Sunday, 14 September 2014
Sunday, 7 September 2014
There are tigers roaming in Singapore - well, almost. Recently, many nondescript fern-like plants all over the island have been set ablaze by thousands of fiery flowers. These huge plants, some two metres tall, are tiger orchids - and they're in bloom.
This spectacle only happens every four or five years and lasts for up to two months when it does. Many of the tiger orchids planted in Singapore flowered last year in May: our first flowering season since they went extinct in the wild here a long time ago. I'm guessing that these plants in bloom now are the ones which did not flower last year. In an effort to reintroduce various orchid species in Singapore, tiger orchids have been planted in many locations, one of them being my favourite haunt, Dairy Farm Nature Park.
The tiger orchid (Grammatophyllum speciosum) is the world's largest orchid species, in terms of the entire plant's size. Some specimens span over three metres wide and weigh close to two thousand kilogrammes! It is distributed in Indonesia, Malaysia, Thailand, Myanmar and the Philippines, growing as an epiphyte (on trees - very strong ones given their weight) in lowland rainforests. However, they seem to do just as well growing on the ground. When not sporting metre-long inflorescences, they appear like ferns; their leaves are thin and strap like.
The flowers grow up to about ten centimetres wide and are yellow, with dazzling crimson spotting, and smell wonderful; soft and sticky-sweet, of ylang ylang and mangoes. It is no wonder there were so many bees swarming around the flowers purposefully. Quite a few joggers were drawn to take a whiff and admire the sheer number of flowers too.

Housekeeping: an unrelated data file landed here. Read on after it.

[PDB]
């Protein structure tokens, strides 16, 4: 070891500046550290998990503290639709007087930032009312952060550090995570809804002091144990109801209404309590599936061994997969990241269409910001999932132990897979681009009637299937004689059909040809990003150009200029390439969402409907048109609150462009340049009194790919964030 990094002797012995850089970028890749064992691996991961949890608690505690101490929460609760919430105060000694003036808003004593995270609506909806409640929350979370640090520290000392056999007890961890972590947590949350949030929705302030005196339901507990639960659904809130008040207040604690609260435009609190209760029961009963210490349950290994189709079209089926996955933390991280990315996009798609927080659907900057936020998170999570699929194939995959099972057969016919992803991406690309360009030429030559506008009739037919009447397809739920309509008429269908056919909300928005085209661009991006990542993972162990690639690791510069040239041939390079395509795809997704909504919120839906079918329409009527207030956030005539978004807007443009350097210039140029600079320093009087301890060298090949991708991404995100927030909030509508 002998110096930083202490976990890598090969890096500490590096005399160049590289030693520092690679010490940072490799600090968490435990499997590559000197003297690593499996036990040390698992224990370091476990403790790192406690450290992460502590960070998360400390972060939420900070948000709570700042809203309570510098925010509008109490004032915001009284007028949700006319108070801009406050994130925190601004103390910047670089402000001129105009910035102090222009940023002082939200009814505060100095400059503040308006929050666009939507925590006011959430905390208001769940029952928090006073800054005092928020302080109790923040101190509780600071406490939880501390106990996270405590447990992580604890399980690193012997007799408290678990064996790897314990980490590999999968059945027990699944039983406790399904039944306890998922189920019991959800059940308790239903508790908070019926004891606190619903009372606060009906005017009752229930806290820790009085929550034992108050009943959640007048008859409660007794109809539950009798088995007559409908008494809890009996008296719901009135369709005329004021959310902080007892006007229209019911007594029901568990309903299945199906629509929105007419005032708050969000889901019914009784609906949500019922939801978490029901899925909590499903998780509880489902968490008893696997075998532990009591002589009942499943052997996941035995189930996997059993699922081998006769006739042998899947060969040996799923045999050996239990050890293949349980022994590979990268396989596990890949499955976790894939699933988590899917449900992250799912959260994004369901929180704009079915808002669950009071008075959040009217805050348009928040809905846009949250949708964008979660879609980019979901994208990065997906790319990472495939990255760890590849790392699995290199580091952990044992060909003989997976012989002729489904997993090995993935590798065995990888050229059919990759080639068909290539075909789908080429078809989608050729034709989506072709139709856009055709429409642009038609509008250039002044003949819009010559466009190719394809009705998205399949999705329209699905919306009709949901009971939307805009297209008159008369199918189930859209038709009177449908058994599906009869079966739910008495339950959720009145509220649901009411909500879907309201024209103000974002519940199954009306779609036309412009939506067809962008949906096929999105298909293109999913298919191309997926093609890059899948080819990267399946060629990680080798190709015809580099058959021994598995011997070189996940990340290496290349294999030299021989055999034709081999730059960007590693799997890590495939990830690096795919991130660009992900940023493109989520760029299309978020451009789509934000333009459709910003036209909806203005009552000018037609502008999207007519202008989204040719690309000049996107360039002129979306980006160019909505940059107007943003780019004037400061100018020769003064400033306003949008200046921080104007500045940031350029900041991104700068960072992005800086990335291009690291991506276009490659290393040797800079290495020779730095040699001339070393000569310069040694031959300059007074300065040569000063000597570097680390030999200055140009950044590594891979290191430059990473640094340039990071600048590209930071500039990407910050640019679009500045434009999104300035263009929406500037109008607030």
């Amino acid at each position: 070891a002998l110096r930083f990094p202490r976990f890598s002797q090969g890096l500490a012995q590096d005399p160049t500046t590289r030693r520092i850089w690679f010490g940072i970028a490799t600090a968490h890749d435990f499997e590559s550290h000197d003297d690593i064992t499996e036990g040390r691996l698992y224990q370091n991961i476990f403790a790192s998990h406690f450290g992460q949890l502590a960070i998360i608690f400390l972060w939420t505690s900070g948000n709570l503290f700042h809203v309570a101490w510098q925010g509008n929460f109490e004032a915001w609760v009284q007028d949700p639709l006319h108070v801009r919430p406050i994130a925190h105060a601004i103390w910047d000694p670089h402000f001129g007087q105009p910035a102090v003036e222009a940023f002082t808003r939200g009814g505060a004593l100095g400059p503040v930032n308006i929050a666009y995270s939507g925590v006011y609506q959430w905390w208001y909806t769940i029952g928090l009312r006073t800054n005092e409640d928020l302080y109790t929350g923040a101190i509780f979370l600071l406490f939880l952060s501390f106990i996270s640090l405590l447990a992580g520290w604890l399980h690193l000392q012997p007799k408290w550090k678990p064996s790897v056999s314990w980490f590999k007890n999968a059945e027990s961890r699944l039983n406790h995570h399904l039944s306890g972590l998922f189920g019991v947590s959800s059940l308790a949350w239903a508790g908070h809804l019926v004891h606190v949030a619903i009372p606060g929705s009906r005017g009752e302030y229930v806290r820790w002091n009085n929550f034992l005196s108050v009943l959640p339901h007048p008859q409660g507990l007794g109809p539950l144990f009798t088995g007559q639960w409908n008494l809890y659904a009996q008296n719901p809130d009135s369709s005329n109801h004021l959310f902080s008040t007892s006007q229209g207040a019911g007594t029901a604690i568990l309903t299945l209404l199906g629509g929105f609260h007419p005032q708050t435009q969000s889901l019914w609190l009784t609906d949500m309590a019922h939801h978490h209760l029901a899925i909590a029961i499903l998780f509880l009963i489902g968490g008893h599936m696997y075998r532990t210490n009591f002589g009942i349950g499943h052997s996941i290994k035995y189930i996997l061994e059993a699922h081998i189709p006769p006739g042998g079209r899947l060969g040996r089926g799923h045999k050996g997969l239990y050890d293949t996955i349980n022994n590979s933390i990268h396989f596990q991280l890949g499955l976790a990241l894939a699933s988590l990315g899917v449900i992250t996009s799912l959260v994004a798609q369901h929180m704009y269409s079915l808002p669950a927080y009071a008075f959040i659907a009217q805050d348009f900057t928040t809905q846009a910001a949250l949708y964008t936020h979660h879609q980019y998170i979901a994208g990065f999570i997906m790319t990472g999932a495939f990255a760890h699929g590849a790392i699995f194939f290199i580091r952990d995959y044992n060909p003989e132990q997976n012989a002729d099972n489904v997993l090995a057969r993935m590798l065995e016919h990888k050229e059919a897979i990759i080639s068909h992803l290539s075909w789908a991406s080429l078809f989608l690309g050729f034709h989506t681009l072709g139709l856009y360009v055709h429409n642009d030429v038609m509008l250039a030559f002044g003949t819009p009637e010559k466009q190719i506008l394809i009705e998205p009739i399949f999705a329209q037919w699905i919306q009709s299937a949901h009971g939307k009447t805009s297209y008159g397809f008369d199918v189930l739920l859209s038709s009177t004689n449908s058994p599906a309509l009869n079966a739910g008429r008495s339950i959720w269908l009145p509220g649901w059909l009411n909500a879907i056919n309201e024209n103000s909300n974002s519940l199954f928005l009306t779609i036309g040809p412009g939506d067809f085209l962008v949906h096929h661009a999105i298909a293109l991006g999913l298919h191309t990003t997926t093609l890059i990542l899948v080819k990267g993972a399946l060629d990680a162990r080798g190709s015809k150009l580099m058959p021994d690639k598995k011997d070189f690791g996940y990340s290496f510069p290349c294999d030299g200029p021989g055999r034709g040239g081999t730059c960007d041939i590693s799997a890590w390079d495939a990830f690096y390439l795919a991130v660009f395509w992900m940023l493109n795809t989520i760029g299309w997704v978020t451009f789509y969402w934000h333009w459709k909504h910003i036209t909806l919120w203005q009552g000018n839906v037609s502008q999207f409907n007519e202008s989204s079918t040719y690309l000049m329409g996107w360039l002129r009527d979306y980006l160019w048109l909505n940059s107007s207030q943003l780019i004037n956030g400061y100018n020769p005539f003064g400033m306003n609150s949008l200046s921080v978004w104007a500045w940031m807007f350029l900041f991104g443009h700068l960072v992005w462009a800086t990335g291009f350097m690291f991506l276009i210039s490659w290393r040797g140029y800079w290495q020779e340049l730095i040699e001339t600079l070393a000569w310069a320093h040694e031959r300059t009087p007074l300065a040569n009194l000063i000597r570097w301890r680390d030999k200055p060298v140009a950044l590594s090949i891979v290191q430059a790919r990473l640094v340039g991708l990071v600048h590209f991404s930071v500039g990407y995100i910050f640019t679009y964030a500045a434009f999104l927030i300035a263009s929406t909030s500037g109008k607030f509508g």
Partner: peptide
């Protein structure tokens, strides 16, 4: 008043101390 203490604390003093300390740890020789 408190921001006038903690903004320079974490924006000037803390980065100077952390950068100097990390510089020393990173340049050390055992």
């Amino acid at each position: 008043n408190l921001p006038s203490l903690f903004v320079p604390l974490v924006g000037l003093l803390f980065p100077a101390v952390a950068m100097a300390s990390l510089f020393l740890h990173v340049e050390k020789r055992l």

With the end of this flowering season, the tiger orchids will become adorned with dangling seed pods and hopefully a few of the billions of minuscule seeds released will drift in the wind and settle in a crevice on a strong tree, waiting to start a new generation of tiger orchids. And until the next flowering season, the orchids will be much quieter and plainer, dressed only in dull green leaves.
PS: Over the next few posts, I'll share some of the (just as exciting) critters that the orchids attracted.
Friday, 5 September 2014
I was shooting some moths attending to an array of Leea indica flowers, when a skipper began circling the bush at rapid speeds. I was shocked to see a Malay dartlet when it landed - I was in Dairy Farm Nature Park; far away from where it was discovered so many years ago. It was shortly joined by yet another Malay dartlet. They stopped at each flower for just a few seconds before moving on to the next but always came back to the same few favourite blooms. After five or ten minutes of feeding, they would fly off somewhere to sunbathe or rest in the shade.
It is encouraging that this rare butterfly has spread across the island and is no longer confined to a single grassland. However, it is not all that surpising on hindsight. The Malay dartlet caterpillars feed on a common grass, Ottochloa nodosa, that is found in many places here. Regrettably, I did not scout the area for that grass. Having two of them there could mean that they are breeding nearby. I will just have take note the next time! And for a window into the Malay dartlet's fascinating life history: Uncle Horace's wonderful post.
PS: It's been a while since I've posted! Sorry for those two dead months. School's getting busier and I will be taking my exams in a few weeks. Oh well.